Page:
Other Supporting Document for BRCA-Related Cancer: Risk Assessment, Genetic Counseling, and Genetic Testing
A Systematic Review to Update the U.S. Preventive Services Task Force Recommendation
Release Date: December 2013
By: Heidi D. Nelson, MD, MPH; Miranda Pappas, MA; Bernadette Zakher, MBBS; Jennifer Priest Mitchell, BA; Leila Okinaka-Hu, MD; and Rongwei Fu, PhD
The information in this article is intended to help clinicians, employers, policymakers, and others make informed decisions about the provision of health care services. This article is intended as a reference and not as a substitute for clinical judgment.
This article may be used, in whole or in part, as the basis for the development of clinical practice guidelines and other quality enhancement tools, or as a basis for reimbursement and coverage policies. AHRQ or U.S. Department of Health and Human Services endorsement of such derivative products may not be stated or implied.
This article was first published in Annals of Internal Medicine on 24 December 2013. Select for copyright and source information.
Background: Mutations in breast cancer susceptibility genes (BRCA1 and BRCA2) are associated with increased risks for breast, ovarian, and other types of cancer.
Purpose: To review new evidence on the benefits and harms of risk assessment, genetic counseling, and genetic testing for BRCA-related cancer in women.
Data Sources: MEDLINE and PsycINFO between 2004 and 30 July 2013, the Cochrane Central Register of Controlled Trials and Cochrane Database of Systematic Reviews from 2004 through the second quarter of 2013, Health Technology Assessment during the fourth quarter of 2012, Scopus, and reference lists.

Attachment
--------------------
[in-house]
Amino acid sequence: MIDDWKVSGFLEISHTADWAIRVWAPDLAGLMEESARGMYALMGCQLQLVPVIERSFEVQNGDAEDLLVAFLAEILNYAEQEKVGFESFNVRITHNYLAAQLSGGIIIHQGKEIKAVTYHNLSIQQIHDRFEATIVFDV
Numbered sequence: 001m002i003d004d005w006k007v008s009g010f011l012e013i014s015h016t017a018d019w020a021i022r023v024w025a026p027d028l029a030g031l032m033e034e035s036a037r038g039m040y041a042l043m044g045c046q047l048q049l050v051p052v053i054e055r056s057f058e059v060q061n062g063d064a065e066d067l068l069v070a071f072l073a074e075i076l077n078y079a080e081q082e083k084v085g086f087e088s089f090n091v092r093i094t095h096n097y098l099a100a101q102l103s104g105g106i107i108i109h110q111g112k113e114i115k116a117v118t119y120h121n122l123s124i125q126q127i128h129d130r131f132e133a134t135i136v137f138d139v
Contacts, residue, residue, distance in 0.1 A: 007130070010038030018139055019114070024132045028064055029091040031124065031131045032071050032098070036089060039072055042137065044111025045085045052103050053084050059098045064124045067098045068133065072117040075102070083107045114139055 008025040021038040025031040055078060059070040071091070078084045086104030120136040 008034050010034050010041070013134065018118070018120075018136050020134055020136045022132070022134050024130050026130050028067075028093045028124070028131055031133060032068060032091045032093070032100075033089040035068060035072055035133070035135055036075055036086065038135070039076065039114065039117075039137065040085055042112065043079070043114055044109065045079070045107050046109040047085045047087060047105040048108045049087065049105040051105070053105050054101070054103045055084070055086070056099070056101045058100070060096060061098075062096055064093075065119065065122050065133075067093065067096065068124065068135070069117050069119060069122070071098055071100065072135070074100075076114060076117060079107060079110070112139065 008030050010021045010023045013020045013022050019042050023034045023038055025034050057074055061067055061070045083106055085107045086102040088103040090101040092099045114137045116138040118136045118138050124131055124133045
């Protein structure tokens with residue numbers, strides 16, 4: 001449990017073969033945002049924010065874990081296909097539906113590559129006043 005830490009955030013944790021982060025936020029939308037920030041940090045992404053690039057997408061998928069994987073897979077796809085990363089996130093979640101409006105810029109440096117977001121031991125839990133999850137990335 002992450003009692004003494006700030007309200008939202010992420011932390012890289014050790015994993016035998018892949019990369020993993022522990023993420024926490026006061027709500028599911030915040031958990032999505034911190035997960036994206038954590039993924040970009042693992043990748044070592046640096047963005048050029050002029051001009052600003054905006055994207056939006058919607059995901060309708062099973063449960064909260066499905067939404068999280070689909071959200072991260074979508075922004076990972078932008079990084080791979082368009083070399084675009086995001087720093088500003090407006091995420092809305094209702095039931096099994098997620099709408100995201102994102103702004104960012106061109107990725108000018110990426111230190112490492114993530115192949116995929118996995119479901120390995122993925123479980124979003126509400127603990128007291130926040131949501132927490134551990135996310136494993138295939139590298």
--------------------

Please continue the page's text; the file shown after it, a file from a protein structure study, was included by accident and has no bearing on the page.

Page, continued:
Study Selection: English-language studies about accuracy of risk assessment and benefits and harms of genetic counseling, genetic testing, and interventions to reduce cancer incidence and mortality.
Data Extraction: Individual investigators extracted data on participants, study design, analysis, follow-up, and results, and a second investigator confirmed key data. Investigators independently dual-rated study quality and applicability by using established criteria.
Data Synthesis: Five referral models accurately estimate individual risk for BRCA mutations. Genetic counseling increases the accuracy of risk perception and decreases the intention for genetic testing among unlikely carriers and cancer-related worry, anxiety, and depression. No trials evaluated the effectiveness of intensive screening or risk-reducing medications in mutation carriers, although false-positive rates, unneeded imaging, and unneeded surgeries were higher with screening. Among high-risk women and mutation carriers, risk-reducing mastectomy decreased breast cancer by 85% to 100% and breast cancer mortality by 81% to 100% compared with women without surgery; risk-reducing salpingo-oophorectomy decreased breast cancer incidence by 37% to 100%, ovarian cancer by 69% to 100%, and all-cause mortality by 55% to 100%.
Limitation: The analysis included only English-language articles; efficacy trials in mutation carriers were lacking.
Conclusion: Studies of risk assessment, genetic counseling, genetic testing, and interventions to reduce cancer and mortality indicate potential benefits and harms that vary according to risk.
Primary Funding Source: Agency for Healthcare Research and Quality.
The U.S. Preventive Services Task Force (USPSTF) recommended in 2005 that women whose family histories are associated with increased risks for clinically significant, or deleterious, mutations in the BRCA1 or BRCA2 gene be referred for genetic counseling and evaluation for mutation testing 1. This recommendation was intended for primary prevention of cancer and applies to women without previous diagnoses of breast or ovarian cancer.